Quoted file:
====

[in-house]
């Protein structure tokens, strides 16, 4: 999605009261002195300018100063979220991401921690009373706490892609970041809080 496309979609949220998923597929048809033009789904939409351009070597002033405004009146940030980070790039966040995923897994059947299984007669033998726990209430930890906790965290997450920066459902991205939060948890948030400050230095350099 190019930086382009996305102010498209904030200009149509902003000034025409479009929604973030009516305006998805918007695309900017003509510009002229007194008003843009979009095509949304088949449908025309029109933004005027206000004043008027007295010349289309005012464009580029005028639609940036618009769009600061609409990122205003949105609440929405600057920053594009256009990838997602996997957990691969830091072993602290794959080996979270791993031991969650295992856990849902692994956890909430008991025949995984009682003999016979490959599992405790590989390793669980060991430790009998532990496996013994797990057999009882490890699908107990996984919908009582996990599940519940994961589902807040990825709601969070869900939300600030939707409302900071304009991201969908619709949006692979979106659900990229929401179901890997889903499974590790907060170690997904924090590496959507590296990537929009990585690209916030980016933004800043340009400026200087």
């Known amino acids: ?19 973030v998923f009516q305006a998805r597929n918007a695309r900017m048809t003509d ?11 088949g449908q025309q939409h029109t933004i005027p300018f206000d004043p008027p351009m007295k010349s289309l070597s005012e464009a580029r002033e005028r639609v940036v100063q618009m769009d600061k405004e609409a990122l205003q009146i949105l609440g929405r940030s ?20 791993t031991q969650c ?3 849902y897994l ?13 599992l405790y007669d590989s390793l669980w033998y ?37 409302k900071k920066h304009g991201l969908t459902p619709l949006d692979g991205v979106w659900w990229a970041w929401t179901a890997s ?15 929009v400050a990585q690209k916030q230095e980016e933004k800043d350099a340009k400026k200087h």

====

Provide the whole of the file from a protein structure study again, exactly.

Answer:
[in-house]
């Protein structure tokens, strides 16, 4: 999605009261002195300018100063979220991401921690009373706490892609970041809080 496309979609949220998923597929048809033009789904939409351009070597002033405004009146940030980070790039966040995923897994059947299984007669033998726990209430930890906790965290997450920066459902991205939060948890948030400050230095350099 190019930086382009996305102010498209904030200009149509902003000034025409479009929604973030009516305006998805918007695309900017003509510009002229007194008003843009979009095509949304088949449908025309029109933004005027206000004043008027007295010349289309005012464009580029005028639609940036618009769009600061609409990122205003949105609440929405600057920053594009256009990838997602996997957990691969830091072993602290794959080996979270791993031991969650295992856990849902692994956890909430008991025949995984009682003999016979490959599992405790590989390793669980060991430790009998532990496996013994797990057999009882490890699908107990996984919908009582996990599940519940994961589902807040990825709601969070869900939300600030939707409302900071304009991201969908619709949006692979979106659900990229929401179901890997889903499974590790907060170690997904924090590496959507590296990537929009990585690209916030980016933004800043340009400026200087």
């Known amino acids: ?19 973030v998923f009516q305006a998805r597929n918007a695309r900017m048809t003509d ?11 088949g449908q025309q939409h029109t933004i005027p300018f206000d004043p008027p351009m007295k010349s289309l070597s005012e464009a580029r002033e005028r639609v940036v100063q618009m769009d600061k405004e609409a990122l205003q009146i949105l609440g929405r940030s ?20 791993t031991q969650c ?3 849902y897994l ?13 599992l405790y007669d590989s390793l669980w033998y ?37 409302k900071k920066h304009g991201l969908t459902p619709l949006d692979g991205v979106w659900w990229a970041w929401t179901a890997s ?15 929009v400050a990585q690209k916030q230095e980016e933004k800043d350099a340009k400026k200087h």